So my second choice was Blood Ties, a 2013 film featuring the likes of Clive Owen, MV5BMjExNzk2OTUxNl5BMl5BanBnXkFtZTgwODMyNzA4MDE@._V1_SX1500_CR0,0,1500,999_AL_Marion Cotillard, Zoe Saladana, Billy Crudup, and James Caan, that I’d somehow never seen. In it, Chris (Owen) is newly released from prison, and goes to live with his brother Frank (Crudup), a cop in 1970s Brooklyn. They did not live happily ever after. Instead, they draw lines, one on each side of the law, and they pull whomever they can down with them. But the whole family thing is just too hard to shake, and like it or not, their fates are pretty much intertwined. Which is a nice way of saying they’re fucked.

Ultimately, Blood Ties is good because it boasts a strong cast. But it flails almost everywhere else. The downward spiral is predicable, and while a movie like this should be about the descent, and not the outcome, the descent is hard to keep track of because there are a few too many subplots to keep score of, and not enough help with our scorecards. In other words: it becomes a chore. And like most chores, it keeps going until well past the point you’d want it to. But it was still preferable to the crazy man who invented a religion based on the spaceships he made out of trash can lids. So there’s that.

A Bad Moms Christmas

Bad Moms gets one thing right: moms get saddled with making the holidays perfect. The cooking, the cleaning, the gift buying and gift wrapping. Christmas, or whatever you celebrate, wouldn’t happen without the women in your life pulling it together. And making the holidays wonderful for everyone else makes it less wonderful for yourself.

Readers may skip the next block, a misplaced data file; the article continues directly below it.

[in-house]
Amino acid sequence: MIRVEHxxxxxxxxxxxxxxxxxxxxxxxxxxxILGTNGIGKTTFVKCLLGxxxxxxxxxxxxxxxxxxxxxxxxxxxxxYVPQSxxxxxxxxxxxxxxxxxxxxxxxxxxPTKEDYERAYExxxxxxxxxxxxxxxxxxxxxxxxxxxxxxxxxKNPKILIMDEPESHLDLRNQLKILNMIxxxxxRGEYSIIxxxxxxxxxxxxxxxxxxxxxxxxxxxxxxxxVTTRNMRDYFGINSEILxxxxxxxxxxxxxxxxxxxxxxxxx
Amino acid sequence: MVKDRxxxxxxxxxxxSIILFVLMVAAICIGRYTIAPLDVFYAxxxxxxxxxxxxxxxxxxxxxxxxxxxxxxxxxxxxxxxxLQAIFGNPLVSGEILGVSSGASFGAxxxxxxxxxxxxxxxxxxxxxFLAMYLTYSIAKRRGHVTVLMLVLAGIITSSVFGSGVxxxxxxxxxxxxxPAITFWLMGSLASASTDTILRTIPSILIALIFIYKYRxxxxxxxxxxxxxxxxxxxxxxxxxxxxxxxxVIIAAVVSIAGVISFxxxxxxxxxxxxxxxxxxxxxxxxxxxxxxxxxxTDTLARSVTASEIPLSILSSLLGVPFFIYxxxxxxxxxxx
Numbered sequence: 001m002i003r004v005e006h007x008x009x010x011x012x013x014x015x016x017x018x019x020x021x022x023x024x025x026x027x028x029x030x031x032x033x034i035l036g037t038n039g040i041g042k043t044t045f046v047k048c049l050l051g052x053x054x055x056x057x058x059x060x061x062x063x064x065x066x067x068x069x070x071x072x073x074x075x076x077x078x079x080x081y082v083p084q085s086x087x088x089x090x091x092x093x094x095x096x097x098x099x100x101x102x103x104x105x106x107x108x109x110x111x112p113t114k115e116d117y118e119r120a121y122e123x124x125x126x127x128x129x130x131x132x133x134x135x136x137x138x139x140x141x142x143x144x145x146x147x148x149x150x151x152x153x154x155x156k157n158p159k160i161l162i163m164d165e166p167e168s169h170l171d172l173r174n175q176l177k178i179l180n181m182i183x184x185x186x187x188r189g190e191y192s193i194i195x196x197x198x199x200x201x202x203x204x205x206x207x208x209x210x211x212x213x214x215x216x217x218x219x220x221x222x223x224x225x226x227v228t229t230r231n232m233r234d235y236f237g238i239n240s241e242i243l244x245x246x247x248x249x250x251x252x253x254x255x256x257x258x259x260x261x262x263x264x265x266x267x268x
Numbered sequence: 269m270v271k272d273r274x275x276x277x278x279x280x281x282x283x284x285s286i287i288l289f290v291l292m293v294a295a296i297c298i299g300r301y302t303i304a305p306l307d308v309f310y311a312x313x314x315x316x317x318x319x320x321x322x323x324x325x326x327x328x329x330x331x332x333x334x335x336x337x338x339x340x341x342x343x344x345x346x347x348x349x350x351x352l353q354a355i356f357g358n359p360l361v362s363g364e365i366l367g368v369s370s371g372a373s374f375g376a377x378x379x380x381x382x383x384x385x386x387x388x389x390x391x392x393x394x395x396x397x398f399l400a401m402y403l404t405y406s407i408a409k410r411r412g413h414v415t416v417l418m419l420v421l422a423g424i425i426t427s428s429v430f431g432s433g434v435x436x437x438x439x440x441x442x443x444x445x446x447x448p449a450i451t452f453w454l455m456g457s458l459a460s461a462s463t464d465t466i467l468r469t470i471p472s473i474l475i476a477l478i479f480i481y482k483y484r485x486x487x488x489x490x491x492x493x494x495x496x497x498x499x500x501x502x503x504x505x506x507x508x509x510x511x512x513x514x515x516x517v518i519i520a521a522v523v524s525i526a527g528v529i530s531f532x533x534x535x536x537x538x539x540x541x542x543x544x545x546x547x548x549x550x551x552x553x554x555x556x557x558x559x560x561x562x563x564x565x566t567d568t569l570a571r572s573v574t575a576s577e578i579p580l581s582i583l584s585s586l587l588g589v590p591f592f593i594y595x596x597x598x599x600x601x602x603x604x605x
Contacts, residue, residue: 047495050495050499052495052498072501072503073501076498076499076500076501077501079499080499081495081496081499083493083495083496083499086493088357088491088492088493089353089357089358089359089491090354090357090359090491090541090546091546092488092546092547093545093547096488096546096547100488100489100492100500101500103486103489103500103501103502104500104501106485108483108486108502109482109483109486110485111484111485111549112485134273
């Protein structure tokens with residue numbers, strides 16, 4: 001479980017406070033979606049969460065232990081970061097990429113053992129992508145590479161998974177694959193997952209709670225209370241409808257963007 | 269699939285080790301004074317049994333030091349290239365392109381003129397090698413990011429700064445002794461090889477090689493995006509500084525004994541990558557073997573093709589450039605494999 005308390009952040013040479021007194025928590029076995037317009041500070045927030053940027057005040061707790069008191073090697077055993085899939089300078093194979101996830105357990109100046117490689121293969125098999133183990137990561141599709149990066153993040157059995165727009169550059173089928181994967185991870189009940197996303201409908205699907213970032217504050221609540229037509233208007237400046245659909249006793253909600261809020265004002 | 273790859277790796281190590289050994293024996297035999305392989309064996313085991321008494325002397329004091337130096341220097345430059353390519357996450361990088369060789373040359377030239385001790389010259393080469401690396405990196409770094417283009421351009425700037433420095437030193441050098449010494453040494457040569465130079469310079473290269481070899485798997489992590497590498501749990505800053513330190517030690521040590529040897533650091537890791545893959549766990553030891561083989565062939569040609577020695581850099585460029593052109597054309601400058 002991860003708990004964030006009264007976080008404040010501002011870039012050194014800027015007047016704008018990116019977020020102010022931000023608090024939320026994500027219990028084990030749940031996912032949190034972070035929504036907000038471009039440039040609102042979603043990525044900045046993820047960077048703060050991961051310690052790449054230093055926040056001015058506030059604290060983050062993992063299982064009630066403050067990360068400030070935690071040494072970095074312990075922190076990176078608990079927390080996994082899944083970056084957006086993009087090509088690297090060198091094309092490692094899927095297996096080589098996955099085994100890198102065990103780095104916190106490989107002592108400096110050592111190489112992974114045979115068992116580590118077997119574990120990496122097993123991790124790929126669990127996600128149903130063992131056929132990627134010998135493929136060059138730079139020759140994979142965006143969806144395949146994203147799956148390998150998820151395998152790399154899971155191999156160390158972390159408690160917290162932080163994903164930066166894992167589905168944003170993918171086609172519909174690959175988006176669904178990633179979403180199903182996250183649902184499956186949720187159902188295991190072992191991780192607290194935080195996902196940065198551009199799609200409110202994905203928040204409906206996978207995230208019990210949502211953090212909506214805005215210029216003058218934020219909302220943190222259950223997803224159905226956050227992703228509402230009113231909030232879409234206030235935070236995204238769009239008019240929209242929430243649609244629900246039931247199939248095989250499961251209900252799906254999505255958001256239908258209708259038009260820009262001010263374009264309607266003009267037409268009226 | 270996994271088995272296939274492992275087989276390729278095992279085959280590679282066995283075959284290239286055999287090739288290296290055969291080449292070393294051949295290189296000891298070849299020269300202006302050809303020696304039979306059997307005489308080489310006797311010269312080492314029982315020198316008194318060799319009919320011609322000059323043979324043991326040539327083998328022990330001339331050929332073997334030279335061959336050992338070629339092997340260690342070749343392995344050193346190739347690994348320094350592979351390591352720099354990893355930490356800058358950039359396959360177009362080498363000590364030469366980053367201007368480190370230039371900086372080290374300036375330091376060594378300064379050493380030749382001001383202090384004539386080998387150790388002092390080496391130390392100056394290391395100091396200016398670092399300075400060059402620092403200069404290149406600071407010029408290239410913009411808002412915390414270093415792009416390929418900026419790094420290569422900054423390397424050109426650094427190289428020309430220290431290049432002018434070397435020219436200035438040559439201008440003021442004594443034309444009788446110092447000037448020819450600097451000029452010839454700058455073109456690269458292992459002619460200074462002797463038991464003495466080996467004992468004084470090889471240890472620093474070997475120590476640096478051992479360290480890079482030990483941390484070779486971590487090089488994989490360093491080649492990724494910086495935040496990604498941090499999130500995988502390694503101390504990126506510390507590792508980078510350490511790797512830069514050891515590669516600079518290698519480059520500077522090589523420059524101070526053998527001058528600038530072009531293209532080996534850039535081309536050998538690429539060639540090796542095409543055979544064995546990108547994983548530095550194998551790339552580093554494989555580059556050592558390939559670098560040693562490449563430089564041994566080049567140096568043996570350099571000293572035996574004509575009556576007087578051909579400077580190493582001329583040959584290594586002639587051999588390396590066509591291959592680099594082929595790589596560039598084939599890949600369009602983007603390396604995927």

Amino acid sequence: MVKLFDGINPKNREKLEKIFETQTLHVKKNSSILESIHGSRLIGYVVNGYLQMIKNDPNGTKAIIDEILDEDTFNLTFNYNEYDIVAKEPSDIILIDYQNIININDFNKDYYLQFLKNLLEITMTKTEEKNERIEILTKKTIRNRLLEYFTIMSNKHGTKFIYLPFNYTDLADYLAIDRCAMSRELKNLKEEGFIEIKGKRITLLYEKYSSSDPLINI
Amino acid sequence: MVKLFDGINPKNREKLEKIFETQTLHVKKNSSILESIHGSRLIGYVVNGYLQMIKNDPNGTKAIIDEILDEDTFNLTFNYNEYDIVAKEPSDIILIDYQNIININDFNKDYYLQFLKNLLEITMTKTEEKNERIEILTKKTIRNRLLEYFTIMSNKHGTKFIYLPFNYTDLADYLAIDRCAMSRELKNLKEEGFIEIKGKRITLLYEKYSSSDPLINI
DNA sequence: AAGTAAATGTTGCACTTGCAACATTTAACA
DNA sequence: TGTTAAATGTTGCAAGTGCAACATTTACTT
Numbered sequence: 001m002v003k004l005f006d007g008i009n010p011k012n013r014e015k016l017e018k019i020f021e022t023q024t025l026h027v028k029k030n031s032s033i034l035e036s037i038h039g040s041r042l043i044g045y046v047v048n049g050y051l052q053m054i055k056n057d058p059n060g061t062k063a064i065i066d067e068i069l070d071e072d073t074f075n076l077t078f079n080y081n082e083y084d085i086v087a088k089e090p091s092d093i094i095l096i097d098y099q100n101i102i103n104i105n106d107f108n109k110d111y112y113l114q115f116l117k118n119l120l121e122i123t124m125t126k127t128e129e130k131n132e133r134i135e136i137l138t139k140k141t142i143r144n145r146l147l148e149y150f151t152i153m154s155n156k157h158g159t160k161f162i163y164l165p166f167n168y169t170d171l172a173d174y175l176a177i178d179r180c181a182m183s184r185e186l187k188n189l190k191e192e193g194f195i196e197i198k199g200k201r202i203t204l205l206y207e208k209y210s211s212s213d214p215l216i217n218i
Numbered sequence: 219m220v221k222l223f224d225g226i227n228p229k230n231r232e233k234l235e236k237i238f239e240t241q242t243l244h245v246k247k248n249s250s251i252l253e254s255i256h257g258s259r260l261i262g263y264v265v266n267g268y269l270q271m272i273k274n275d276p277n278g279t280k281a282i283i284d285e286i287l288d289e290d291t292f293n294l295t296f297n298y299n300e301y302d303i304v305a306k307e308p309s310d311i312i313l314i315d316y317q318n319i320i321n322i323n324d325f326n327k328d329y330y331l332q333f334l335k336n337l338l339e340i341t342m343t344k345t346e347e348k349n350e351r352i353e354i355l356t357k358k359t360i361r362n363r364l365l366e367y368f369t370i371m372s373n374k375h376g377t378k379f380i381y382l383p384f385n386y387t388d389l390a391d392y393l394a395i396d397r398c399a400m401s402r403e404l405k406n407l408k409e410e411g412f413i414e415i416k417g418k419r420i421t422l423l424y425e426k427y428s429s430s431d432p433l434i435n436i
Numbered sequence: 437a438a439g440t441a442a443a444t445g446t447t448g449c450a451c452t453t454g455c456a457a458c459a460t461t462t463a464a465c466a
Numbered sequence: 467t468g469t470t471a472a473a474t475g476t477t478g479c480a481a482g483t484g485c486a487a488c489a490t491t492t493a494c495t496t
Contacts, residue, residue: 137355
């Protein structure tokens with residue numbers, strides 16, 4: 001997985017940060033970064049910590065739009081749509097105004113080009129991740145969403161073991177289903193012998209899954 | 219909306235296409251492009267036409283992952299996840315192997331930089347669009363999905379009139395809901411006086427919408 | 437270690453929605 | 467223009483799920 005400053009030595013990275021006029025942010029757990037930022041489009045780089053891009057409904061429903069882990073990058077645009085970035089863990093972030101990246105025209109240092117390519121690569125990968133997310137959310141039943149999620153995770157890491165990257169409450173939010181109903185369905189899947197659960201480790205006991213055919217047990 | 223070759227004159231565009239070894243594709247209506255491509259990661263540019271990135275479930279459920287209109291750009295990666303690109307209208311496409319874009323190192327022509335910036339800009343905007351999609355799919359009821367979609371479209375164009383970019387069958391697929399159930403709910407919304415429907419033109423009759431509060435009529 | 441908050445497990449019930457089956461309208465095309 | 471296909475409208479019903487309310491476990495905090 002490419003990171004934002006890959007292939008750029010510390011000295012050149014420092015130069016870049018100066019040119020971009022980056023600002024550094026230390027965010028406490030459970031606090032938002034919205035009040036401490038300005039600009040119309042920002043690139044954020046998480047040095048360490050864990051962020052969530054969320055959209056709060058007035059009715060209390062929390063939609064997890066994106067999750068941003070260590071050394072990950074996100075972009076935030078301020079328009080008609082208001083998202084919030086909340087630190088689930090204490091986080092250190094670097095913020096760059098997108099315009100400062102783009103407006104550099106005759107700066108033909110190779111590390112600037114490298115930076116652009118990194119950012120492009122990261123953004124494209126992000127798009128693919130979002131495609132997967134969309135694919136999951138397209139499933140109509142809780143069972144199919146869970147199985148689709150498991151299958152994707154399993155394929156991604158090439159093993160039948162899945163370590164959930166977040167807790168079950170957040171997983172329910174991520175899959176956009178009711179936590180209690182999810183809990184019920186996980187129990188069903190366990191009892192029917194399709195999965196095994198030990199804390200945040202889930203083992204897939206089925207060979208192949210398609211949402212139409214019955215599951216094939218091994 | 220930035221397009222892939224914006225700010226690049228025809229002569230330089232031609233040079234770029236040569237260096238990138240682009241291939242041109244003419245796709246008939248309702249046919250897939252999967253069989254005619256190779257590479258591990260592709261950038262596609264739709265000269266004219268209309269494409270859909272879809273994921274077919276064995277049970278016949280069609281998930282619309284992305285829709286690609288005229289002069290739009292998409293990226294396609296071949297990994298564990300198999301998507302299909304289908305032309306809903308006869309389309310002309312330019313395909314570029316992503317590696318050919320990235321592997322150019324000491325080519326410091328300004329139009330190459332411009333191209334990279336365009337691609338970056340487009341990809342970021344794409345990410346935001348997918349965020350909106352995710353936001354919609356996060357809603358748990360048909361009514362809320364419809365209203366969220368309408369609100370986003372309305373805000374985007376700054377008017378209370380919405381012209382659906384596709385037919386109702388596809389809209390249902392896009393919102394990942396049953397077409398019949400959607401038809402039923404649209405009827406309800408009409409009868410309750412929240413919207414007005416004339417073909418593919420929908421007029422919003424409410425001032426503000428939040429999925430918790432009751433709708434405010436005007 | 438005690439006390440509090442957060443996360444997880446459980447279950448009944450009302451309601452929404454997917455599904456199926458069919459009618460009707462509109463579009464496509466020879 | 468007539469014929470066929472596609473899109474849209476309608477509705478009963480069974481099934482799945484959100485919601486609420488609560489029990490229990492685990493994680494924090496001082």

They’re called boundaries, people, and they’ll go a long way in making not only the holidays more tolerable, but your relationship with your mother more healthy. Boundaries are a gift you give yourself. For your own sanity, I suggest they be plentiful underneath your tree this year.

Amy (Mila Kunis), Kiki (Kristen Bell), and Carla (Kathryn Hahn) are back and they’re “taking back Christmas.” Apparently what we grown women have secretly been missing from the holiday season: dry-humping Santa and getting drunk at the mall. Um, nope. Yet a-bad-moms-christmas-1920x1080-christine-baranski-mila-kunis-susan-10345again, this movie misses its mark with me. I think it’s pandering and condescending and incredibly obvious that was written and directed by MEN. But I’m not a Bad Mom, I’m a Good Aunt. And the role of Good Aunt is really easy: you buy lots of presents, you let them get away with everything three notches above murder, and you give them 100% of your time and attention once or twice a month. Being a mom, bad or not, is infinitely harder because parenting is about the details. So if carving out 104 minutes to sneak away to one of those fancy movie theatres that serve wine is all you can muster for yourself this holiday season, have at it.

The Bad Moms are confronted not just with the Mount-Everest-sized expectations of a season hallmarked by extravagance and perfectionism, but by the presence of their mothers, who are of course overbearing shrews (Cheryl Hines, Susan Sarandon, and Christine Baranksi). I don’t really relate to that because a) my mother dotes on her grandkids but is actually respectful of people’s space – my sisters will literally fight over whose house she’ll be waking up in come Christmas morning, and b) I am, again, a Good Aunt, and not a Bad Mom, which means my mother wouldn’t even notice me over the holidays unless I deliberately walk between her and one of her grandkids. Good Aunts are persona non grata during the holidays; you’ll notice the film never once cuts to a Good Aunt who is relaxing on her all-white couch, sipping spiked hot chocolate, surrounded by very fragile and carefully curated gold ornaments. Holiday movies will have you believe that children are the only reason for the season. And that harried single mothers who, as recently as 6 days ago, have “taken back Christmas” must still provide a home that looks as though Pinterest has tastefully regurgitated Christmas all over it for her darling kiddos.

The magic of Christmas is a hard thing to define and impossible to bottle. So whatever you do to make the holidays special, thank you. And whatever you do to cut corners, good for you. And if you’re desperate enough to make this movie be part of your celebrations, that can be our little secret.